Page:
By Donna B. Hamilton
This Concise Companion launches scholars into the learn of English Renaissance literature throughout the important contexts that proficient it.
Chapter 1 Economics (pages 11–31): S. P. Cerasano
Chapter 2 faith (pages 32–53): Donna B. Hamilton
Chapter three Royal Marriage and the Royal Succession (pages 54–74): Paul E. J. Hammer
Chapter four Patronage, Licensing, and Censorship (pages 75–93): Richard Dutton
Chapter five Humanism, Rhetoric, schooling (pages 94–113): Peter Mack
Chapter 6 Manuscripts in Early sleek England (pages 114–135): Heather Wolfe
Chapter 7 shuttle, Exploration, and Empire (pages 136–159): Ralph Bauer
Chapter eight inner most lifestyles and Domesticity (pages 160–179): Lena Cowen Orlin
Chapter nine Treason and uprising (pages 180–199): Andrew Hadfield
Chapter 10 Shakespeare and the Marginalized “Others” (pages 200–216): Carole Levin
Chapter eleven Cosmology and the physique (pages 217–237): Cynthia Marshall
Chapter 12 Life?Writing (pages 238–256): Alan Stewart
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Extra info for A Concise Companion to English Renaissance Literature
Newark: University of Delaware Press. Foakes, R. A. and R. T. Rickert, eds. 1961. Henslowe’s Diary. Cambridge: Cambridge University Press. Grassby, Richard. 1995. The Business Community of Seventeenth-Century England. Cambridge: Cambridge University Press. Grassby, Richard. 1999. The Idea of Capitalism before the Industrial Revolution. Lanham, MD: Rowman and Littlefield. Grassby, Richard. 2001. Kinship and Capitalism: Marriage, Family, and Business in the English Speaking World, 1580–1740. Cambridge: Cambridge University Press.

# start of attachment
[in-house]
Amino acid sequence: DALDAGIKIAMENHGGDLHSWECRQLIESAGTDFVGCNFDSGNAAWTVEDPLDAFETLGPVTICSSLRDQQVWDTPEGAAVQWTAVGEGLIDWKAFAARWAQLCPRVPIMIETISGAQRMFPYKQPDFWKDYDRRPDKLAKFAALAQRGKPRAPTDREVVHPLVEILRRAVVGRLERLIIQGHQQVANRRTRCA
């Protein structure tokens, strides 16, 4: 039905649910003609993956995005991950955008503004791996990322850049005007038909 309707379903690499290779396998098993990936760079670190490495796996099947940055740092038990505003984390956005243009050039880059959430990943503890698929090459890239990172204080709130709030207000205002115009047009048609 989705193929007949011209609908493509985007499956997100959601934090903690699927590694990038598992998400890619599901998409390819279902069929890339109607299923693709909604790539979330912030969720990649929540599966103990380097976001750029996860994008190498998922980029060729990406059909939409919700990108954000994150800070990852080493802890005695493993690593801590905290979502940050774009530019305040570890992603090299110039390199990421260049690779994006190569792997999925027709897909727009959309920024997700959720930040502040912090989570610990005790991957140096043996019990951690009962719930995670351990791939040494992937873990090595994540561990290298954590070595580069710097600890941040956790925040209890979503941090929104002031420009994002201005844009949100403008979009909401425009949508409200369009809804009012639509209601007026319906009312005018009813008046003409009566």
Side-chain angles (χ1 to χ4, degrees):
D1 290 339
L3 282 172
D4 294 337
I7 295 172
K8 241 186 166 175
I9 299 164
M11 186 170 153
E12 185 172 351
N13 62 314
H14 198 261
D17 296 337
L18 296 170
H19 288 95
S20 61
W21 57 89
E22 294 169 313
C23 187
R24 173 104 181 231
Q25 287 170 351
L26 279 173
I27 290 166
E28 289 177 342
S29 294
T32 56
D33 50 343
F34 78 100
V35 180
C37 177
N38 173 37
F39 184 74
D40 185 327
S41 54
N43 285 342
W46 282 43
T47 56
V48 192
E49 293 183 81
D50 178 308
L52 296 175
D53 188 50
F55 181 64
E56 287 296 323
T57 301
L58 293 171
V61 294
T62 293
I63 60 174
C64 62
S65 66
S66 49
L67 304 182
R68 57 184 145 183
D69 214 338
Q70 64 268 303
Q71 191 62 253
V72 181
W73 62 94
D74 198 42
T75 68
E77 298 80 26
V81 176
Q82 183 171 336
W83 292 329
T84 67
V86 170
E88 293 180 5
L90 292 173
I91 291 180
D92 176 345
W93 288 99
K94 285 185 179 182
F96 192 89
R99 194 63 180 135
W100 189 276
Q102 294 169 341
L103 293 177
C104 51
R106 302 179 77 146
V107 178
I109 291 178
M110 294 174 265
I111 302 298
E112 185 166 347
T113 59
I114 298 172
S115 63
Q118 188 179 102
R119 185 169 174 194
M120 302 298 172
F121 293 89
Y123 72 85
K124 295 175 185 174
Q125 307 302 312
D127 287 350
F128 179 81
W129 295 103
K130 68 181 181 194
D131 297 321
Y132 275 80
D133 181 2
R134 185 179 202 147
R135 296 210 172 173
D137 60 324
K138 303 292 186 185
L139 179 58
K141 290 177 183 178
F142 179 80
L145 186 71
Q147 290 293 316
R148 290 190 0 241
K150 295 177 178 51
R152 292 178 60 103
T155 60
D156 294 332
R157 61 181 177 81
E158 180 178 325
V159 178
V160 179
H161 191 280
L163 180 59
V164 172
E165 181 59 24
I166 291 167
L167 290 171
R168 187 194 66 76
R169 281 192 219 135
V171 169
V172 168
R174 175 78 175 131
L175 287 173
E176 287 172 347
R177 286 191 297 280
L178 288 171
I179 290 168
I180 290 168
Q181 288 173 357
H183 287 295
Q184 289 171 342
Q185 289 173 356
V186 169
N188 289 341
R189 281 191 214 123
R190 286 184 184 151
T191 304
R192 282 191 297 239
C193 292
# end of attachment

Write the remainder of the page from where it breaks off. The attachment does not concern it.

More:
What made the interrogatories particularly onerous was that anyone subjected to them was required first to take the oath ex officio mero, an oath that required that the subject swear to answer the questions truthfully before being told what the accusation was. Some of the most important trials of Protestants during this period centered on efforts to make such forced self-accusation or self-incrimination illegal, an effort that would not find success until 1641. Among the large number of tracts and treatises produced in relation to the Presbyterian movement, the best-known are the Martin Marprelate tracts, printed in 1588 and 1589 on secret presses and distributed around London and at court.
One instance in which unusually high expenses were undertaken occurred in the staging of Cardinal Wolsey at the Rose in 1601. Although the dramatists who wrote parts 1 and 2 of the play seem to have received the customary payment (£6 per play) for doing so, a year after the play was composed Henry Chettle (one of the playwrights who wrote the original book) was paid an additional £1 ‘‘for the mending of the first part’’ of the play. When the play was mounted during the previous year just over £37 was laid out for costuming, an exorbitant amount of money, even for a two-part play for which the costumes would presumably be used in both parts of the production (Foakes and Rickert 1961).